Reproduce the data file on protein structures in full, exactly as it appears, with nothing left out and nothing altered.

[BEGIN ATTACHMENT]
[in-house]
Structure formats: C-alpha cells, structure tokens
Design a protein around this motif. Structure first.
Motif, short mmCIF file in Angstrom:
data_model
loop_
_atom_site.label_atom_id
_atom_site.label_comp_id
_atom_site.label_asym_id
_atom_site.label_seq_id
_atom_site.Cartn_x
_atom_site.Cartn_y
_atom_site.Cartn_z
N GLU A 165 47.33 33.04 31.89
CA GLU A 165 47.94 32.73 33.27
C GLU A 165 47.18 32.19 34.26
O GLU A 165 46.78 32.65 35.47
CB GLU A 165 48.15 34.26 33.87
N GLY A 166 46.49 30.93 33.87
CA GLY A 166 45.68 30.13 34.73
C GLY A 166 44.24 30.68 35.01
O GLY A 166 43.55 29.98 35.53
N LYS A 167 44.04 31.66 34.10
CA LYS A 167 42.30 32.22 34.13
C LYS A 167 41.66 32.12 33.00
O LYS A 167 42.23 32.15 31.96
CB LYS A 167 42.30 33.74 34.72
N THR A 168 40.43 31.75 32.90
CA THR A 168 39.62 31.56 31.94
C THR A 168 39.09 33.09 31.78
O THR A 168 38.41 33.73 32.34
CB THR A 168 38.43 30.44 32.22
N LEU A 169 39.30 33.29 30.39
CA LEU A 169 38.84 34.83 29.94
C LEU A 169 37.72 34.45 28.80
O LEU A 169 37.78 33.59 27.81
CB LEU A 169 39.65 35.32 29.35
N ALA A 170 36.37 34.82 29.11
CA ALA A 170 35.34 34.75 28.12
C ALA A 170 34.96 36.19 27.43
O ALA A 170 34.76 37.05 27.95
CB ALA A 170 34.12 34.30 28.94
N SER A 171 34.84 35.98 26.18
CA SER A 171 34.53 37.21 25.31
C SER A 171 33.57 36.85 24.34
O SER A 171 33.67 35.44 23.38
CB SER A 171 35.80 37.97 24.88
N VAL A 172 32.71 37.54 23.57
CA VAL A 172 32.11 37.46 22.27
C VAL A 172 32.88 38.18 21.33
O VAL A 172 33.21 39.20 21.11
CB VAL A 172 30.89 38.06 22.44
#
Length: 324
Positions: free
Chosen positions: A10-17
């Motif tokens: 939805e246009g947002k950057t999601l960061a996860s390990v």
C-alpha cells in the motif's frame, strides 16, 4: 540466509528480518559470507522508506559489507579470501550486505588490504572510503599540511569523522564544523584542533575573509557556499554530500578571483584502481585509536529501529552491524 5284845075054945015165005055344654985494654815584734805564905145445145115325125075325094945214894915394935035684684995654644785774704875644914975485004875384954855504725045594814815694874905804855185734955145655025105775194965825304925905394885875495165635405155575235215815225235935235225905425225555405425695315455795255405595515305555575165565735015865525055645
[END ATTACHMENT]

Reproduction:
[in-house]
Structure formats: C-alpha cells, structure tokens
Design a protein around this motif. Structure first.
Motif, short mmCIF file in Angstrom:
data_model
loop_
_atom_site.label_atom_id
_atom_site.label_comp_id
_atom_site.label_asym_id
_atom_site.label_seq_id
_atom_site.Cartn_x
_atom_site.Cartn_y
_atom_site.Cartn_z
N GLU A 165 47.33 33.04 31.89
CA GLU A 165 47.94 32.73 33.27
C GLU A 165 47.18 32.19 34.26
O GLU A 165 46.78 32.65 35.47
CB GLU A 165 48.15 34.26 33.87
N GLY A 166 46.49 30.93 33.87
CA GLY A 166 45.68 30.13 34.73
C GLY A 166 44.24 30.68 35.01
O GLY A 166 43.55 29.98 35.53
N LYS A 167 44.04 31.66 34.10
CA LYS A 167 42.30 32.22 34.13
C LYS A 167 41.66 32.12 33.00
O LYS A 167 42.23 32.15 31.96
CB LYS A 167 42.30 33.74 34.72
N THR A 168 40.43 31.75 32.90
CA THR A 168 39.62 31.56 31.94
C THR A 168 39.09 33.09 31.78
O THR A 168 38.41 33.73 32.34
CB THR A 168 38.43 30.44 32.22
N LEU A 169 39.30 33.29 30.39
CA LEU A 169 38.84 34.83 29.94
C LEU A 169 37.72 34.45 28.80
O LEU A 169 37.78 33.59 27.81
CB LEU A 169 39.65 35.32 29.35
N ALA A 170 36.37 34.82 29.11
CA ALA A 170 35.34 34.75 28.12
C ALA A 170 34.96 36.19 27.43
O ALA A 170 34.76 37.05 27.95
CB ALA A 170 34.12 34.30 28.94
N SER A 171 34.84 35.98 26.18
CA SER A 171 34.53 37.21 25.31
C SER A 171 33.57 36.85 24.34
O SER A 171 33.67 35.44 23.38
CB SER A 171 35.80 37.97 24.88
N VAL A 172 32.71 37.54 23.57
CA VAL A 172 32.11 37.46 22.27
C VAL A 172 32.88 38.18 21.33
O VAL A 172 33.21 39.20 21.11
CB VAL A 172 30.89 38.06 22.44
#
Length: 324
Positions: free
Chosen positions: A10-17
């Motif tokens: 939805e246009g947002k950057t999601l960061a996860s390990v």
C-alpha cells in the motif's frame, strides 16, 4: 540466509528480518559470507522508506559489507579470501550486505588490504572510503599540511569523522564544523584542533575573509557556499554530500578571483584502481585509536529501529552491524 5284845075054945015165005055344654985494654815584734805564905145445145115325125075325094945214894915394935035684684995654644785774704875644914975485004875384954855504725045594814815694874905804855185734955145655025105775194965825304925905394885875495165635405155575235215815225235935235225905425225555405425695315455795255405595515305555575165565735015865525055645